I’ve been reading a lot of research articles lately that keep saying over and over: Kids learn best when they’re moving. It makes sense to me. We all know the benefits of exercising, and I notice a huge difference in engagement and motivation when I incorporate movement into my speech-language sessions.
The good news is that adding physical activity into your sessions doesn’t necessarily mean extra prep time for you. In fact, it could mean less—and you might get a break from some of those board games you play 20 times a day. (If there’s ever a Connect Four Vegas-style tournament in the future, I feel very confident in my abilities to come out as a top contender.)
Here are seven fun and easy ways to incorporate movement into sessions:
- Tape worksheets to the wall and ask your students to stand while completing them. For extra fun, they can complete a designated number of squats or toe-touches after finishing a problem. If you want students seated at a table while focusing on a particular target, let them take breaks between questions with chair squats.
- Pair a movement with a language target. For example, lay out singular and plural picture cards. If the goal is to label regular plural objects, your student can say the /s/ ending and simultaneously perform a stretch like a seated twist or arm stretches. Work on verb tense by simply acting out the targets—run, march, jump, twist—then talk about the tense.
- Connect sentences using conjunctions, where students “act” out the conjunction instead of just writing or saying it. For example, I print out pictures of exercises, then write conjunction choices on sticky notes placed on each exercise. Your student might jump for “and” or complete a lunge to represent “nor.” Use this same concept to match answers with a specific movement. Depending on the answer, your student can hop, march, jump or lunge a picture to the correct answer choice taped to the wall.
- Likewise, your students can follow directions while completing exercises: “Before you hop on one foot three times, do two squats.” Or sequence the steps to a movement activity: “First, we hold a jump rope handle in each hand. Next .…”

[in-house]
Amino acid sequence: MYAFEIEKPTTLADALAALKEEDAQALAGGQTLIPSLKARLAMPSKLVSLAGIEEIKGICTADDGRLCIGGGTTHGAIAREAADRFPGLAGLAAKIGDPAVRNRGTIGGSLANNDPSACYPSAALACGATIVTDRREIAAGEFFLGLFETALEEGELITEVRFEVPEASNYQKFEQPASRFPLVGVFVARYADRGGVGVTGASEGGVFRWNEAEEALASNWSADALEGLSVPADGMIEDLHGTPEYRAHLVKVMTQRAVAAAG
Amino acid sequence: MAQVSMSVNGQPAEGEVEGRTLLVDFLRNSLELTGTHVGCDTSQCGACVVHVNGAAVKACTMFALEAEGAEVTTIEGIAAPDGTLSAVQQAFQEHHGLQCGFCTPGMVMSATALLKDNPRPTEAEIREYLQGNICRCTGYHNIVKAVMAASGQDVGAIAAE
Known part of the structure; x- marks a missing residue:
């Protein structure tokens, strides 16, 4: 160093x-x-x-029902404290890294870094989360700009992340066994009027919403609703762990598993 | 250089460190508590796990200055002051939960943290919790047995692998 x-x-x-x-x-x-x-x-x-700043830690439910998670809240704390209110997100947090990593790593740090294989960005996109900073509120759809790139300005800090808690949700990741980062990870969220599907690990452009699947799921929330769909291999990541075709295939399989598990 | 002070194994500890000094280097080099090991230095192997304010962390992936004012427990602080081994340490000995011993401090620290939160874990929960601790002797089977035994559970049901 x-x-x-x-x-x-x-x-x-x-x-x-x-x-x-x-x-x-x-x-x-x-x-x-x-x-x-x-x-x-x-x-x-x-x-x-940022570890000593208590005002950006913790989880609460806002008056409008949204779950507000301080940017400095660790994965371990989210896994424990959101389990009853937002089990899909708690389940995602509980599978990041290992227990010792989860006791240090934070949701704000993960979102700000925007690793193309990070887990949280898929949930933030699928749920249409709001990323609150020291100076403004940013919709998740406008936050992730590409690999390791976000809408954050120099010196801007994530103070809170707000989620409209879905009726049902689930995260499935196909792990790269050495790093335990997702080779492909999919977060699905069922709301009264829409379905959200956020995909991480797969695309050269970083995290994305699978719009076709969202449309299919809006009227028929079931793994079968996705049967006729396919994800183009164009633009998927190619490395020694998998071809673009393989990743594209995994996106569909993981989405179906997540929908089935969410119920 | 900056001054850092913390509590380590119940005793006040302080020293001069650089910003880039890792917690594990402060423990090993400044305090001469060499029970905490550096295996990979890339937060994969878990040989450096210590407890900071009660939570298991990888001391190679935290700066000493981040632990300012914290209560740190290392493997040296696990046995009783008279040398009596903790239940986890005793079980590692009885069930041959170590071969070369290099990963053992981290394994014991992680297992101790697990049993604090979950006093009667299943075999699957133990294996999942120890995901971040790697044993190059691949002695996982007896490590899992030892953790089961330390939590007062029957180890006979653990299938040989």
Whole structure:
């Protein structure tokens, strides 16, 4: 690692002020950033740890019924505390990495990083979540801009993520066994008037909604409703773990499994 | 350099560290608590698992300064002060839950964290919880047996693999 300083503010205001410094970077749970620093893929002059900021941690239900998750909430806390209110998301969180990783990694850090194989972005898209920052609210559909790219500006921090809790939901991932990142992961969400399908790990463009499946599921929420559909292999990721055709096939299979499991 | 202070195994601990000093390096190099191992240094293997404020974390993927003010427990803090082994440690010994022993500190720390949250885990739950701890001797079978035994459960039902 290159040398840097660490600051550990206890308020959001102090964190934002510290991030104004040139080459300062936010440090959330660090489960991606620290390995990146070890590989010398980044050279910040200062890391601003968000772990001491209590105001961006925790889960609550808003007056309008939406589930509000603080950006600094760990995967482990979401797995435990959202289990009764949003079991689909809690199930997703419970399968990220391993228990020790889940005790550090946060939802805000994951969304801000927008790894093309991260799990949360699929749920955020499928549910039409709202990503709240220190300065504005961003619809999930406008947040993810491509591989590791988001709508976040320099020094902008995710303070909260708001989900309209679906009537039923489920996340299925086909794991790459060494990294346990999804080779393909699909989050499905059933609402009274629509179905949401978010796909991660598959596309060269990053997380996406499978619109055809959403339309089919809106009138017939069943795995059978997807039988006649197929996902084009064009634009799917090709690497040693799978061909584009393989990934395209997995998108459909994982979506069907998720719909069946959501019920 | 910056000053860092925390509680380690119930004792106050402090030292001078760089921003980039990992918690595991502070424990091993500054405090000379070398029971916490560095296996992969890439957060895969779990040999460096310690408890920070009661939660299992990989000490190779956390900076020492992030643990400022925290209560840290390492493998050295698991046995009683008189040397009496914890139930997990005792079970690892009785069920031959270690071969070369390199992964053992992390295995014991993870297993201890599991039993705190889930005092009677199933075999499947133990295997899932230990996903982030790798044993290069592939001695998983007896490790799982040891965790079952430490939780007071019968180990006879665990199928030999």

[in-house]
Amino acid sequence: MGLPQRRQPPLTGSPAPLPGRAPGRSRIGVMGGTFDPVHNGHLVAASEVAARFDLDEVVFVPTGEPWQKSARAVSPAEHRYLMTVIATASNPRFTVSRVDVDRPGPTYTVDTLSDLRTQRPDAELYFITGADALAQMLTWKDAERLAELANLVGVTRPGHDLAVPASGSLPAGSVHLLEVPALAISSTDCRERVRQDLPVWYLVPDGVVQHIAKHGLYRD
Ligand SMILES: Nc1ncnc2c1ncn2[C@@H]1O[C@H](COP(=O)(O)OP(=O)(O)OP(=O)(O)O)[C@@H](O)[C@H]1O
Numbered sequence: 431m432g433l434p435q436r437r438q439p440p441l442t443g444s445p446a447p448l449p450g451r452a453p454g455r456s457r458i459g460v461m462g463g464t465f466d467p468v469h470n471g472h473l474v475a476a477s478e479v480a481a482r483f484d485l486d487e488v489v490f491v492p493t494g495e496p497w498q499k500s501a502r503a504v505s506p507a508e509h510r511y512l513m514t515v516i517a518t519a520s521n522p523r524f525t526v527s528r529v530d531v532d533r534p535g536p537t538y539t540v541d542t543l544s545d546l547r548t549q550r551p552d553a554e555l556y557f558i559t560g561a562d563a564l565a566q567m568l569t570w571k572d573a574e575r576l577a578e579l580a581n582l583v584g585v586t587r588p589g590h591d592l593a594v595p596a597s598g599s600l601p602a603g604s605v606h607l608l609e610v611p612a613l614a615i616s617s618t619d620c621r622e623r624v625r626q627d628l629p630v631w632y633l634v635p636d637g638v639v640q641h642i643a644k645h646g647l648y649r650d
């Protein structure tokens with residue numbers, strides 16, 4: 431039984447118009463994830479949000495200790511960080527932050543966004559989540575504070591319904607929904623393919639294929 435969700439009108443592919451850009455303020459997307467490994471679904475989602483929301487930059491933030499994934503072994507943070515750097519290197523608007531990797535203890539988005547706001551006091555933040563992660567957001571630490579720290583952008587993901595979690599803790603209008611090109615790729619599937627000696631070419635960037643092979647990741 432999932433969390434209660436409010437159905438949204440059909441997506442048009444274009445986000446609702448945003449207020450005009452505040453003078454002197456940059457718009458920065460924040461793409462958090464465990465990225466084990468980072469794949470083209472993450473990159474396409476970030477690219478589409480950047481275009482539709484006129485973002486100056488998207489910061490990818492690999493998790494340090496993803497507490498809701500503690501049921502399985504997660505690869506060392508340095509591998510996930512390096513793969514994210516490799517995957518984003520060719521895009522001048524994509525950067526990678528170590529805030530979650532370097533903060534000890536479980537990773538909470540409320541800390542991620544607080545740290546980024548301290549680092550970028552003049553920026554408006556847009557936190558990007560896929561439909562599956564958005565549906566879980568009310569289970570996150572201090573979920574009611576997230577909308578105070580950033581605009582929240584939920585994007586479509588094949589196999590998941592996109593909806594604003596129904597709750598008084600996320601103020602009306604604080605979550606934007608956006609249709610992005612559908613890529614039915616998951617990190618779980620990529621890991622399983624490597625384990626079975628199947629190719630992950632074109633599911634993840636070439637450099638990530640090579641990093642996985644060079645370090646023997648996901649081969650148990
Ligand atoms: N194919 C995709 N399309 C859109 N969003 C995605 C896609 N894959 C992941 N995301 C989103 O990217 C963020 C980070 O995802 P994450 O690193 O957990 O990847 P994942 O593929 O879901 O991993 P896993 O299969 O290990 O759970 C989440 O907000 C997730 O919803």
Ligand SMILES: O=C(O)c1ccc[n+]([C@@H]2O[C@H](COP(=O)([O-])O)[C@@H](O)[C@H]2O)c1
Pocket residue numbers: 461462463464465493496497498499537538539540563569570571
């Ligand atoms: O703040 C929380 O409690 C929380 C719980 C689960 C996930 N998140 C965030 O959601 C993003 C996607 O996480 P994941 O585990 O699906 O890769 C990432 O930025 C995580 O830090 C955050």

- Are you working on figurative language? Take a walk around the school. Discuss idioms such as “speaking out of turn,” “turning heads” or “turning over a new leaf,” while physically turning as you walk. You could also explain the meaning of figurative language such as “watch your step,” “step aside” or “step-by-step.”
- For phonological awareness goals, ask your student to complete one repetition of an exercise for each syllable in a word. A three-syllable word means three push-ups. You can also tape a smile sticky-note on one shoe and a frown on the other. (I know, we love those visuals!) Ask for toe touches to the correct answer choice when determining if a word rhymes or not.
- Pair speech sounds with movements, exercises or yoga poses. If you’re working on /m/, have your students march in place. If you’re working on the /ch/ sound, the child’s pose is wonderful to complete after saying the target word a specified number of times. Tape articulation cards on the wall just above a child’s reach. Ask your student to jump and tap the target card.
Once you get started with incorporating movement-based activities into sessions, more ideas will flow—and I’d love to hear what’s worked best for you in the comments section below!
Karen Krogg, MS, CCC-SLP, a clinician for Tecumseh Local Schools in New Carlisle, Ohio, has experience in schools and outpatient settings. She also creates treatment materials and shares treatment ideas on her blog, The Pedi Speechie. firstname.lastname@example.org